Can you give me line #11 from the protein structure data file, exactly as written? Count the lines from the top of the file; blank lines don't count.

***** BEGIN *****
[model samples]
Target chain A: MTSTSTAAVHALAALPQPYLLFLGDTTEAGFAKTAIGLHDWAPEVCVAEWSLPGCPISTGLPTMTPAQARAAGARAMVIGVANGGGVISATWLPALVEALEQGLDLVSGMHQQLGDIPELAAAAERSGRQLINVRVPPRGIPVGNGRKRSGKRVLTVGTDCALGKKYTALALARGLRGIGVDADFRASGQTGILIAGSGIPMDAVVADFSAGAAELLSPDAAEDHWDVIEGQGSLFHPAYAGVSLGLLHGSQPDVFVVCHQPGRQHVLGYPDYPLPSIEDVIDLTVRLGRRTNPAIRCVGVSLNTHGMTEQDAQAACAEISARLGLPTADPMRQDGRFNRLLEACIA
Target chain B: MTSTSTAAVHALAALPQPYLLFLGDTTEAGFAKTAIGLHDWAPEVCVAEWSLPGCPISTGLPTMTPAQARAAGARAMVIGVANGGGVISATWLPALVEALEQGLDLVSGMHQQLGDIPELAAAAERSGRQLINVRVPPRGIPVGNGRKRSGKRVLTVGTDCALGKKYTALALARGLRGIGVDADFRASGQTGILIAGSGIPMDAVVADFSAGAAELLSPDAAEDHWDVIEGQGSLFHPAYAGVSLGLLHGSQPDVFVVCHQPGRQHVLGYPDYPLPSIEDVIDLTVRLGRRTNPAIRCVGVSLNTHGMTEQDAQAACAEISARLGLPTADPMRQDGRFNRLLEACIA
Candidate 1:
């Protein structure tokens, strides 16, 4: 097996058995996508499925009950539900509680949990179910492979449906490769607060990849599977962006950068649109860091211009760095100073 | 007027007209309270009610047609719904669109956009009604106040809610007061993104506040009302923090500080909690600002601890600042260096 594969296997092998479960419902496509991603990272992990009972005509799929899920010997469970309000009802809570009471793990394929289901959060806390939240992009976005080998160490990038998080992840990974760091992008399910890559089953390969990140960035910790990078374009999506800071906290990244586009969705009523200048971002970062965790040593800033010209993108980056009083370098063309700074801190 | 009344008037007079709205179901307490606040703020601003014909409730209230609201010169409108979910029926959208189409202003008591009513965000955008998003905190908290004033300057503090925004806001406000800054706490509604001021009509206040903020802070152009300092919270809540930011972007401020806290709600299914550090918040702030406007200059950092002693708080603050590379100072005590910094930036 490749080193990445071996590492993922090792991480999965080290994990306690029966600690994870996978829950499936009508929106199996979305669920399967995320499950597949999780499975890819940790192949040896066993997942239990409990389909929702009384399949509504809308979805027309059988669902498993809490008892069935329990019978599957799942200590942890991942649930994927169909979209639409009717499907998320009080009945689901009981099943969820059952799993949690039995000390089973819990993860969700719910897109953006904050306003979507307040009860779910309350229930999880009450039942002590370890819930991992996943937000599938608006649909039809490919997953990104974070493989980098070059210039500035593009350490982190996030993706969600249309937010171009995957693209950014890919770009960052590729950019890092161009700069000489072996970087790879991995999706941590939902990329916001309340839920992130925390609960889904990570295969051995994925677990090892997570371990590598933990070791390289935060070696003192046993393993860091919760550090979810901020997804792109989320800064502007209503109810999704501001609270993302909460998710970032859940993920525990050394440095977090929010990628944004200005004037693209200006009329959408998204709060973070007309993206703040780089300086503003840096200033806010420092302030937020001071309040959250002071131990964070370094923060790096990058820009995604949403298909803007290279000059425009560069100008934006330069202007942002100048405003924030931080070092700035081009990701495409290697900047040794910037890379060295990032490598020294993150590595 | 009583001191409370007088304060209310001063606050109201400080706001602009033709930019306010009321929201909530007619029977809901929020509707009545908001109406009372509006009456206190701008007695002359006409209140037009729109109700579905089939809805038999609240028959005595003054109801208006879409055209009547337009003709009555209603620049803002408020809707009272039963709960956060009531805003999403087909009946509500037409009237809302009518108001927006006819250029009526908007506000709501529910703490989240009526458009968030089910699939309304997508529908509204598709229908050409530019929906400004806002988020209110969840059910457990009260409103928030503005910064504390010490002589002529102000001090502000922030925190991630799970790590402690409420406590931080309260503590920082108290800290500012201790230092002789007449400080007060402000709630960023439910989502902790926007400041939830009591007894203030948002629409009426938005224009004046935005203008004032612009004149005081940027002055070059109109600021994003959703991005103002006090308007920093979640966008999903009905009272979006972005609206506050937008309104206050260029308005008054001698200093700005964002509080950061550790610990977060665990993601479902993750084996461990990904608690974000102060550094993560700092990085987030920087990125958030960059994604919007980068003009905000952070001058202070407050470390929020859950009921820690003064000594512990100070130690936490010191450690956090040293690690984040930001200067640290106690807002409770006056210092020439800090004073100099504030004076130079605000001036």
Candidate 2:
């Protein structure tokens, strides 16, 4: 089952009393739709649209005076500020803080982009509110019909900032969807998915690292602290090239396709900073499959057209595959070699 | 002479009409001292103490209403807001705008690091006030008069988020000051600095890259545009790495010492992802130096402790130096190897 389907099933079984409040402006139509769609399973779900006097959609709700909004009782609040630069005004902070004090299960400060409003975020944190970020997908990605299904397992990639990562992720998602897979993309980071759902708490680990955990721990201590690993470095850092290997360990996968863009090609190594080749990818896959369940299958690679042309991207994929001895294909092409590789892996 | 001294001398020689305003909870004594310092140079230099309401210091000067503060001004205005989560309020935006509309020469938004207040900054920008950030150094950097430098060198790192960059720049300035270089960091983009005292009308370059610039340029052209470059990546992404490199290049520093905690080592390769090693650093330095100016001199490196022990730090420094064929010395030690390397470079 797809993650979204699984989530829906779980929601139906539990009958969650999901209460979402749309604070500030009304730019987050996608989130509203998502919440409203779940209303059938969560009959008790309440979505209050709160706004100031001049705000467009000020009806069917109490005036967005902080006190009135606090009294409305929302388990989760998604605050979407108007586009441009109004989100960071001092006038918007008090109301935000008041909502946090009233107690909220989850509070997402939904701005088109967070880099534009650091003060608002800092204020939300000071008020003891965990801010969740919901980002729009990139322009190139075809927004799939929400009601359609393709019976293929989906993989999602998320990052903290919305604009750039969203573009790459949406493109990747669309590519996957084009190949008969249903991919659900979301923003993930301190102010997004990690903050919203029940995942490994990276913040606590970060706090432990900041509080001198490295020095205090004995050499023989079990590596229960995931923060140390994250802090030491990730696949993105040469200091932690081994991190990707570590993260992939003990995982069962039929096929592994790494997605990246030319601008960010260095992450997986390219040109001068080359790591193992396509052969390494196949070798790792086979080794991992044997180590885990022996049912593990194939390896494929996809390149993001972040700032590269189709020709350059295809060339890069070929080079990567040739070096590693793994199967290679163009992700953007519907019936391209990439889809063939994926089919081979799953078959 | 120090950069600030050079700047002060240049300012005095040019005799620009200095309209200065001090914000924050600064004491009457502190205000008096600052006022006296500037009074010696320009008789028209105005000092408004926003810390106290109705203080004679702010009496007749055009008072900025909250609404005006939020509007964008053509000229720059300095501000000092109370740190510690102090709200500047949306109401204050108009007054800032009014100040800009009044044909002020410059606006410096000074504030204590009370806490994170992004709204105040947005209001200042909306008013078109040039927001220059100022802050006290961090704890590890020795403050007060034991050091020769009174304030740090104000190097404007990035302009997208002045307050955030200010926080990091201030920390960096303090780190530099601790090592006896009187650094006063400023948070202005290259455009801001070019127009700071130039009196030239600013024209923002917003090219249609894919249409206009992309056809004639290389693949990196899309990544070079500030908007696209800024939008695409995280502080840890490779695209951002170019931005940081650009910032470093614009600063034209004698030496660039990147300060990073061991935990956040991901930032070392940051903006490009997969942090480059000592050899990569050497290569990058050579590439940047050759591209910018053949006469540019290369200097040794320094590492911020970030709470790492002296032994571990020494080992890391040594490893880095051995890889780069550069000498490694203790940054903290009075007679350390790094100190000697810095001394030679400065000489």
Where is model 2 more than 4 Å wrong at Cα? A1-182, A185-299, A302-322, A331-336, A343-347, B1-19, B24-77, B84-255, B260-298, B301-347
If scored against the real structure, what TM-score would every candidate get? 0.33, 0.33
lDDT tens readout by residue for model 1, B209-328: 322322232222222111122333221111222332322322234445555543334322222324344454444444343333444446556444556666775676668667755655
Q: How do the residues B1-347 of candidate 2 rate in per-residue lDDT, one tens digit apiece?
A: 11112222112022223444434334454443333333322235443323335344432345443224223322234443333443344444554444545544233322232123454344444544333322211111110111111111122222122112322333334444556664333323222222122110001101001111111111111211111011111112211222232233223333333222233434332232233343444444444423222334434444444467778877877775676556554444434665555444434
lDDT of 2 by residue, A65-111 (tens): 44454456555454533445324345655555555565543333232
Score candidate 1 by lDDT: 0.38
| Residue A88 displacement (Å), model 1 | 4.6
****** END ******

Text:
Q: How do the residues B1-347 of candidate 2 rate in per-residue lDDT, one tens digit apiece?